Role of the Funder/Sponsor: The funding source had no role in the design and conduct of the study; collection, management, analysis, and interpretation of the data; preparation, review, or approval of the manuscript; and decision to submit the manuscript for publication.

Disclaimer: The content of this article is solely the responsibility of the authors and does not necessarily represent the views of the AHRQ or NIH.

Additional Contributions: Alice Fung, MD, Department of Diagnostic Radiology, Oregon Health and Science University, Portland, Brian Murphy, MD, Department of Diagnostic Imaging, The Warren Alpert Medical School of Brown University, Rhode Island Hospital, Providence, Jill Corbo, MD, Jacobi Medical Center, Albert Einstein College of Medicine, Bronx, New York, Vickie E. Noble, MD, Department of Emergency Medicine, Massachusetts General Hospital, Harvard Medical School, Boston, Massachusetts, John Ma, MD, Oregon Health and Science University, Mike Mallin, MD, University of Utah, Salt Lake City, and Ralph Wang, MD, Department of Emergency Medicine, University of California, San Francisco, were all involved in the conduct of the STONE trial and read and provided comments on an earlier version of the manuscript. They were not compensated for this contribution.

References
1.
American College of Radiology. American College of Radiology Appropriateness Criteria for the clinical condition for acute onset flank pain, suspicion of stone disease. https://acsearch.acr.org/docs/69362/Narrative/. Published 1995. Last review date: 2011. Accessed May 20, 2015.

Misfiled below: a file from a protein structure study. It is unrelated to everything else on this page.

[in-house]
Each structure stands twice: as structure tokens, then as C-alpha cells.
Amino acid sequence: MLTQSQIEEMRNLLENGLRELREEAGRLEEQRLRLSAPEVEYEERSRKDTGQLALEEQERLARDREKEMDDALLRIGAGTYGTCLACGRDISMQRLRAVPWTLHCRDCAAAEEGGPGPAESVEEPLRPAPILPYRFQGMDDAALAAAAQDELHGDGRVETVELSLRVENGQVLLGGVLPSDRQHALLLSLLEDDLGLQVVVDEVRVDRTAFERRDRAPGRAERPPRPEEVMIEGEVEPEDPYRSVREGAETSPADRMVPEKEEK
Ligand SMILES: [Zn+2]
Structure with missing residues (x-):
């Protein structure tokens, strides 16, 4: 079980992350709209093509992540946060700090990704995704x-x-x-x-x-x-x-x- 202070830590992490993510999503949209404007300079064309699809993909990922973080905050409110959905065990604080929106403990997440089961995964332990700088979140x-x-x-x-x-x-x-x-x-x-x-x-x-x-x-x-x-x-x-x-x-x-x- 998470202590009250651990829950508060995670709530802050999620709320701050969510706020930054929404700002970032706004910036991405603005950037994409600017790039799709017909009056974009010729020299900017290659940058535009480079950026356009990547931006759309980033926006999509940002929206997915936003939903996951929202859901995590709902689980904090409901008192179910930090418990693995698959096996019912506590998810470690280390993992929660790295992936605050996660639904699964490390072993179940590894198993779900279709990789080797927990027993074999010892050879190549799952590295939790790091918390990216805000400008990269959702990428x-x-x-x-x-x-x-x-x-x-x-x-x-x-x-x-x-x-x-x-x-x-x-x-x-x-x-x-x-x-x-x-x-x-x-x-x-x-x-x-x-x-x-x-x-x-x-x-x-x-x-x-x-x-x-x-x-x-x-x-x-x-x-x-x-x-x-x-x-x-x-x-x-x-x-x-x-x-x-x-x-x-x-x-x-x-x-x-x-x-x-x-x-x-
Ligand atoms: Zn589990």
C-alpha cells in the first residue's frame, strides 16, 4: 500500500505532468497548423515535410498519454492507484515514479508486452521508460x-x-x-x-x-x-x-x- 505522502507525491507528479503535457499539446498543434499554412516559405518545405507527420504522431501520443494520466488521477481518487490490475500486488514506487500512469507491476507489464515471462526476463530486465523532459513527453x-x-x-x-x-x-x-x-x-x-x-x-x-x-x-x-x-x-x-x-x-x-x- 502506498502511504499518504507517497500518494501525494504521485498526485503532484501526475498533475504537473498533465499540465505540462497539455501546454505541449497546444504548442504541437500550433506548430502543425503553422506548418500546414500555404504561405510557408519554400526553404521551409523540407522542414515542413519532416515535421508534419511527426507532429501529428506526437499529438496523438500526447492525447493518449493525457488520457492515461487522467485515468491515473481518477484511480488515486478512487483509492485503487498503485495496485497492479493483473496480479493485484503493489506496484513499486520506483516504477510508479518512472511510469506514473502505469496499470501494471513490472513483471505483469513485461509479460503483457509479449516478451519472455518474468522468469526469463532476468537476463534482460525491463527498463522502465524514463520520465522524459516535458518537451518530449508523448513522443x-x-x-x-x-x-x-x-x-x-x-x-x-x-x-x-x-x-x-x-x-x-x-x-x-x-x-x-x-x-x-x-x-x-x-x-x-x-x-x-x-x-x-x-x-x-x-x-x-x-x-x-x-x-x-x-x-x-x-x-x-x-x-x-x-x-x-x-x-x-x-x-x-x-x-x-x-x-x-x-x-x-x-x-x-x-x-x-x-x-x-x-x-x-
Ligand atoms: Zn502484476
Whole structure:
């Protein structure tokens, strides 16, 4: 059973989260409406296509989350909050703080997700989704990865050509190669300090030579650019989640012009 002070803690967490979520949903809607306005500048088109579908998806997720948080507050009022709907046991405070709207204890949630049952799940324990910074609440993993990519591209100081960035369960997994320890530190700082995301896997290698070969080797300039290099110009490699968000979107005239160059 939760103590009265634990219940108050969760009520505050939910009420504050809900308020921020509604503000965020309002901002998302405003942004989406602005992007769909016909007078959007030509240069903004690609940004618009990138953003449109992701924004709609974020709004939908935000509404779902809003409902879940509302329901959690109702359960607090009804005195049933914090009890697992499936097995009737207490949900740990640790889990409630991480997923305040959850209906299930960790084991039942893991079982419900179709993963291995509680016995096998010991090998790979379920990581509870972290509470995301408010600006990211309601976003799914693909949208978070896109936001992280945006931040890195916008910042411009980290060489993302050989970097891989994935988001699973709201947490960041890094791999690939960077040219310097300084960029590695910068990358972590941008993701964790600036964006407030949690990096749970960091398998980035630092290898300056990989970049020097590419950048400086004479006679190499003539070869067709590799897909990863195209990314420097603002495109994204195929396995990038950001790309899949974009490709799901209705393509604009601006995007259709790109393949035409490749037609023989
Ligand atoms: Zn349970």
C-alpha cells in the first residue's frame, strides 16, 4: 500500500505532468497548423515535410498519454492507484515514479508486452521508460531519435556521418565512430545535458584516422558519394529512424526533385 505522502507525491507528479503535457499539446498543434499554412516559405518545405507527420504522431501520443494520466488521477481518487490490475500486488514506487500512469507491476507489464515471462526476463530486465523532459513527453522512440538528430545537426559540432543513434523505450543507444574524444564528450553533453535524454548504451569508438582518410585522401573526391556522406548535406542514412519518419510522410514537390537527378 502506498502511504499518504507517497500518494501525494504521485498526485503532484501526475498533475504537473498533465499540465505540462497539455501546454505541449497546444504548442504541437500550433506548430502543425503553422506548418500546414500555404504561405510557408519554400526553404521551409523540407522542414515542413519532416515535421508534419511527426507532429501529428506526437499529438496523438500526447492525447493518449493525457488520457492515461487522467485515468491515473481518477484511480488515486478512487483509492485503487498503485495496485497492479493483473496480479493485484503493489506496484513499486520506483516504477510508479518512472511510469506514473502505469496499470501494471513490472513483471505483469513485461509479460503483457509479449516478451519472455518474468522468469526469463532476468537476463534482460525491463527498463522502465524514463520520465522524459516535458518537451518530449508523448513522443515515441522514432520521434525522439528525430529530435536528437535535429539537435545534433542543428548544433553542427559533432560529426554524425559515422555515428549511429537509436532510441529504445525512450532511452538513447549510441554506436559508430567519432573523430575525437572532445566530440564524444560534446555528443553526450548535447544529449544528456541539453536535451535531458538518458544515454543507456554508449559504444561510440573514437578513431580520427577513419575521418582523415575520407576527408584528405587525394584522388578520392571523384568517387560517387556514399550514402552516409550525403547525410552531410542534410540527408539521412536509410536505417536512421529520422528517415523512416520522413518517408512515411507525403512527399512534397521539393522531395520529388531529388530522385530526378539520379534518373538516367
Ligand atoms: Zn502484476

2.
Niemann  T, Kollmann  T, Bongartz  G.  Diagnostic performance of low-dose CT for the detection of urolithiasis: a meta-analysis. AJR Am J Roentgenol. 2008;191(2):396-401.
PubMedArticle
3.
Smith-Bindman  R, Aubin  C, Bailitz  J,  et al.  Ultrasonography versus computed tomography for suspected nephrolithiasis. N Engl J Med. 2014;371(12):1100-1110.
PubMedArticle
4.
Valencia  V, Moghadassi  M, Kriesel  DR, Cummings  S, Smith-Bindman  R.  Study of Tomography of Nephrolithiasis Evaluation (STONE): methodology, approach and rationale. Contemp Clin Trials. 2014;38(1):92-101.
PubMedArticle
5.
America’s Essential Hospitals. About our members. 2014. http://essentialhospitals.org/about-americas-essential-hospitals/listing-of-americas-essential-hospitals-members/. Accessed January 9, 2015.
6.
Lukasiewicz  A, Bhargavan-Chatfield  M, Coombs  L,  et al.  Radiation dose index of renal colic protocol CT studies in the United States: a report from the American College of Radiology National Radiology Data Registry. Radiology. 2014;271(2):445-451.
PubMedArticle